Breaking news: The GDP debate has now shifted to whether the GDP deflator is accurate or not. For more than a year now, there has been deep questioning about the reliability of the Indian GDP data after the “new” estimates were presented in January 2015. Of late, perhaps after noting that this was a losing cause (also see my article, ‘GDP Debate: RIP’, The Indian Express, April 23), the GDP sceptics have turned their criticism towards the possibility that the GDP price index (also called the deflator) is understating inflation. Since the real GDP growth is the difference between the nominal growth and the deflator (inflation), the intended outcome of the investigation is the same, that is, the GDP growth in India is overstated — back to square one.
The main contention is that the GDP deflator is flawed because of its heavy reliance on the wholesale price index (WPI). This questioning of the GDP deflator was started by the RBI in their September 2015 monetary policy report: “This (WPI) tends to overstate the extent of price decline in the GDP deflator when WPI is in deflation”. In its very recent report on India, the IMF regurgitates the RBI conclusion.
The following two quotes from prominent Western experts — The Economist (‘India’s GDP Data: The Elephant in the Stats’, April 9) and the Wall Street Journal (‘On close inspection, India’s sharp growth picture gets fuzzy’, May 1) — confirms the authoritative Western seal that Indian GDP growth is overstated, and maybe by as much as 250 basis points for 2015-16. That is, instead of being 7.6 per cent, it “likely” to be close to 5 per cent. In other words, there has been no improvement in the economy since Narendra Modi, and the BJP, won the election in May 2014.
So you get the picture: Indian GDP is low, because deflator is underestimated, while the real indicator of inflation in the economy, the consumer price index (CPI), is rising at around 5 per cent.
What if, and I know it is heretic to say so, the authorities (and journalist experts) have got the CPI inflation estimate wrong? There is considerable evidence that this is the case, and not by a small amount either. The CPI inflation in India, correctly measured, is running at a 3.8 per cent rate rather than the official 4.9 per cent rate.
The CPI is based on price surveys conducted every month. There is no problem with the CPI data on prices but it has got the expenditure weights wrong. These weights are obtained from the National Sample Survey of Consumer Expenditures, 2011-12. Unfortunately, the NSS surveys have strangely and mysteriously been under-estimating the average per capita consumption for three decades now.
To make the point of flawed weights clearer, according to the NSS, a typical Indian consumer spends 46 per cent of her monthly expenditure on food and beverages; 3.7 per cent on household goods and services, 8.6 per cent on transport and communication and zero per cent on financial services. The comparative shares in the National Accounts (NA) data (that is, private final consumption expenditure) are 31.4, 6.3, 16.8 and 7.2 per cent respectively. Clearly, there is a large difference in the shares. More importantly, the CPI data also completely misses out on an increasingly significant part of each consumer’s life — the financial and insurance services (zero in CPI and 7.2 percent in NA).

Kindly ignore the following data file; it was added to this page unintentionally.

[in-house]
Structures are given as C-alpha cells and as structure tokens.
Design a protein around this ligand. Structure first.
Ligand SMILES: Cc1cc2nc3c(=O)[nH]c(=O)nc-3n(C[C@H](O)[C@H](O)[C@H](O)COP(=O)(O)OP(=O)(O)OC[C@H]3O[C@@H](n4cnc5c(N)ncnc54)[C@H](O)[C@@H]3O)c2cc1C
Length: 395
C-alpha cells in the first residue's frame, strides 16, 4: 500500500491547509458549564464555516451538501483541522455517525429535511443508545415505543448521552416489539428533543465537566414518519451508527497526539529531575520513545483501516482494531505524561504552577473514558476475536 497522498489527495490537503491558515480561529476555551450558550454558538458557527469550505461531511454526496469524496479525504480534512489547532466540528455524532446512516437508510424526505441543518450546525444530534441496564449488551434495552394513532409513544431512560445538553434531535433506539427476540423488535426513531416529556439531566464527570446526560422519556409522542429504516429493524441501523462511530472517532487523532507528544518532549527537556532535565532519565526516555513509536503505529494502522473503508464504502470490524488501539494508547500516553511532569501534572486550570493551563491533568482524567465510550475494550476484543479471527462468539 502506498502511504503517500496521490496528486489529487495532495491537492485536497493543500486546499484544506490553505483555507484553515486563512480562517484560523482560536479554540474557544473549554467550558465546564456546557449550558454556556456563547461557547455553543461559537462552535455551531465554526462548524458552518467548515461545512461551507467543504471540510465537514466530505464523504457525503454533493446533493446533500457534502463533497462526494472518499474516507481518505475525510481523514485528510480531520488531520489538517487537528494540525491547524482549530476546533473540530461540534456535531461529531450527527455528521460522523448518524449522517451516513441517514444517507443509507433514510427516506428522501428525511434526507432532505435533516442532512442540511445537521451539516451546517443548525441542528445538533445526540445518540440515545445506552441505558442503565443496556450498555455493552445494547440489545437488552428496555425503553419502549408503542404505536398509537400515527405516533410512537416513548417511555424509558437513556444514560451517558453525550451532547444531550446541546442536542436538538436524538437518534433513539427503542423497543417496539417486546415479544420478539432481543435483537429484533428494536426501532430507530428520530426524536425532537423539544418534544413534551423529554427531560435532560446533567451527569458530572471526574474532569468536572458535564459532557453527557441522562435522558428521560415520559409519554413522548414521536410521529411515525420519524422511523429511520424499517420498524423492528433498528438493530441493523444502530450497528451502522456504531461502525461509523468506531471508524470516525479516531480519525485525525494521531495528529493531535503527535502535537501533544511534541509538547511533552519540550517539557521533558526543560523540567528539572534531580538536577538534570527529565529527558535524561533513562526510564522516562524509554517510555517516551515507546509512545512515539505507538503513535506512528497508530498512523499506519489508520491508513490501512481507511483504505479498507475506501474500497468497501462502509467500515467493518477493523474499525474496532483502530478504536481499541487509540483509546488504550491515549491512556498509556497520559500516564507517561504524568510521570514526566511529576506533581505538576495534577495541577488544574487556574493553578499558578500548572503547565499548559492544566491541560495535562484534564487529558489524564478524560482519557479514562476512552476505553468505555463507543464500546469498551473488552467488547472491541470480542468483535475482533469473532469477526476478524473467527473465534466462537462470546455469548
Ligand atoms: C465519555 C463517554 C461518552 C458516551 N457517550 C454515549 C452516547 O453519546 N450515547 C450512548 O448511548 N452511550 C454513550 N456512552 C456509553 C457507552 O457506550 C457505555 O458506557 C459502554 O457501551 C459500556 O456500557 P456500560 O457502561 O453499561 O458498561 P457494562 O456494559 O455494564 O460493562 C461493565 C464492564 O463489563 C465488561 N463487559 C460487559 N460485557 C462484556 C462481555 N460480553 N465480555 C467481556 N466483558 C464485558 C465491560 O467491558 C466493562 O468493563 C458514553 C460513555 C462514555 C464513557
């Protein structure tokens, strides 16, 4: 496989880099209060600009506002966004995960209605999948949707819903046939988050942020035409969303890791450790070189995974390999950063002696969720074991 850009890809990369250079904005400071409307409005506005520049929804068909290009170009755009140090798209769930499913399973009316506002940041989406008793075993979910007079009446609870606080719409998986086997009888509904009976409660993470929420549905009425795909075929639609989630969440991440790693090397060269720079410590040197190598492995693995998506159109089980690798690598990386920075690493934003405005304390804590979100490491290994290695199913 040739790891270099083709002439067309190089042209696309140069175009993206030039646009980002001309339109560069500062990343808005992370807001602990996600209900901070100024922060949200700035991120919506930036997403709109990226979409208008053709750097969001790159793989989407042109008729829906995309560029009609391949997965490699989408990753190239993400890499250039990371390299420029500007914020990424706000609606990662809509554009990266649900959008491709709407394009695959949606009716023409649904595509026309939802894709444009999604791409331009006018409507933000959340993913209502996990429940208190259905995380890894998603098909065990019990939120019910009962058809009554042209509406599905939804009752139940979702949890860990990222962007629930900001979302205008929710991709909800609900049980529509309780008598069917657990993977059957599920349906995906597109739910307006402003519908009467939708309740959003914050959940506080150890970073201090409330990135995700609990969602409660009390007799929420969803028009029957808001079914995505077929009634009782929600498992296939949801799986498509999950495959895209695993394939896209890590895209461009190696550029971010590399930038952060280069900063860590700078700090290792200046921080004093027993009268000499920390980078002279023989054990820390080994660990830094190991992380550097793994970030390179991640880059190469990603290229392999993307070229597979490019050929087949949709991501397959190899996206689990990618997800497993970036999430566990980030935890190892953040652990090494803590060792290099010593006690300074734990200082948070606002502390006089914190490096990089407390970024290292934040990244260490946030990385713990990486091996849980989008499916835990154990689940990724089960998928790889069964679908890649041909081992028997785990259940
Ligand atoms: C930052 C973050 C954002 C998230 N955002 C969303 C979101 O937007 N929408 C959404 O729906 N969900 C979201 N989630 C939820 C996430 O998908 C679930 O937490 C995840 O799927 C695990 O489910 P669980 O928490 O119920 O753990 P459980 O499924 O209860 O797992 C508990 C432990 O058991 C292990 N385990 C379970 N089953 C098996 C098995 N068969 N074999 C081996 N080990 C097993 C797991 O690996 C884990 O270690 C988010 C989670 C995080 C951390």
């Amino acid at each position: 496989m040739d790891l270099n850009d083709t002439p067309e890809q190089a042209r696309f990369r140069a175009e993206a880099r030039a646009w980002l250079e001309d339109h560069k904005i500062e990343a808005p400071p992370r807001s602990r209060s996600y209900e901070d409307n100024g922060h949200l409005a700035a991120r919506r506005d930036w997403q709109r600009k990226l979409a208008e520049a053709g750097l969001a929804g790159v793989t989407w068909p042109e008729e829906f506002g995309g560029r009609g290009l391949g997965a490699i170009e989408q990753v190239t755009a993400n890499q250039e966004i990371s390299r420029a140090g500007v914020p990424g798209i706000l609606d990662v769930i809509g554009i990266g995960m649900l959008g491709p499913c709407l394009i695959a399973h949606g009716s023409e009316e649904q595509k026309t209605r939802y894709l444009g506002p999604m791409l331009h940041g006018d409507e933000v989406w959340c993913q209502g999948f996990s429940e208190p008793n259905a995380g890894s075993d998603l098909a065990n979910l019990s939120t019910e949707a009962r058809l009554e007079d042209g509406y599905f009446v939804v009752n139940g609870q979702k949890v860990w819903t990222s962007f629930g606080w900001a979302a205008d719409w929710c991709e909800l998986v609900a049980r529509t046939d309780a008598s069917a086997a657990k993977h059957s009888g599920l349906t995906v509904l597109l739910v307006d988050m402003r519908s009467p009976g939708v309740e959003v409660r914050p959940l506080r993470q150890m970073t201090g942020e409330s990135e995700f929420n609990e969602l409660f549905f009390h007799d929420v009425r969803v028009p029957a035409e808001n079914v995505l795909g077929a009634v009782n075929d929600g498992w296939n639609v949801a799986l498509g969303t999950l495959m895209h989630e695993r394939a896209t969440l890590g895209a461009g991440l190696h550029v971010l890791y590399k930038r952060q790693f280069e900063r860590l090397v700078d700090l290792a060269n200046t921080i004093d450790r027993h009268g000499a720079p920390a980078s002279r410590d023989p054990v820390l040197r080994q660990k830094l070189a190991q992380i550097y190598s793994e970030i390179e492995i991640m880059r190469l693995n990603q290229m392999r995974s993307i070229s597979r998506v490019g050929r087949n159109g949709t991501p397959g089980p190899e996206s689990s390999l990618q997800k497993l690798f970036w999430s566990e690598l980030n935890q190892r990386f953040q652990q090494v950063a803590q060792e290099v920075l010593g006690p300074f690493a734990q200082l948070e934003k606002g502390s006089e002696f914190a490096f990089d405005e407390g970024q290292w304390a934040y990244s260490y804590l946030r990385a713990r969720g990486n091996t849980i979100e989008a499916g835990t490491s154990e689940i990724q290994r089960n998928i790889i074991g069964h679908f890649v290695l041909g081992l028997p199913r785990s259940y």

There is no question that the 2011-12 NSS-based consumption weights are flawed. Our purpose here is to assess whether the CPI is measuring actual inflation correctly. But this solves only one half of the GDP deflator puzzle. The GDP in India is (approximately) composed of 65 per cent consumption and 35 per cent investment. If one gets appropriate deflators for the two components, one can obtain an independent assessment of what deflator inflation looks like in India, and an estimate that does not erroneously use WPI prices for consumption expenditures (as pointed out by the RBI). Whether the GDP deflator is measuring inflation correctly will be addressed in a subsequent article.
For now, we restrict ourselves to correctly assessing the consumption component of the GDP deflator. By definition, one should use the consumption weights as in the NA, which is what we do. We use the CPI prices for 25 broad items of expenditure and equivalent consumption shares as per private final consumption expenditure in the national accounts for 2011-12.
Inflation data are reported for three different consumer price series — the official CPI as calculated by CSO, the first CPI adjusted measure or CPI1 (NA weights and CPI prices and zero weight for financial services), and the second CPI adjusted measure CPIf (CPI1 along with 7.2 per cent weight for financial services). Price data for financial services are proxied via the banking service index, available on the Office of Economic Advisor website. Comparing with the first adjusted measure CPI1, CPI overstates inflation by a large 0.9 percentage points in 2015-16. In three of the last four years, and both in high and low inflation times, the CPI has exceeded inflation (CPI1) to the order of 0.8 percentage points.
If consumer purchases are assumed to include financial services (which they are supposed to), then NA CPI was even lower by 20 basis points, that is correctly adjusted, inflation (CPIf) in India in 2015-16 was a full 110 basis points below the official estimate, and an average of 130 basis points below the official estimate over the last four years.
The difference in inflation estimates are not small. If the adjusted CPI estimates do reflect the underlying reality of consumer inflation, then the results have strong implications for the RBI policy (are Indian repo rates too high?) and the GDP growth (are we underestimating the GDP deflator inflation?) For these, and other conclusions, tune in again, next week.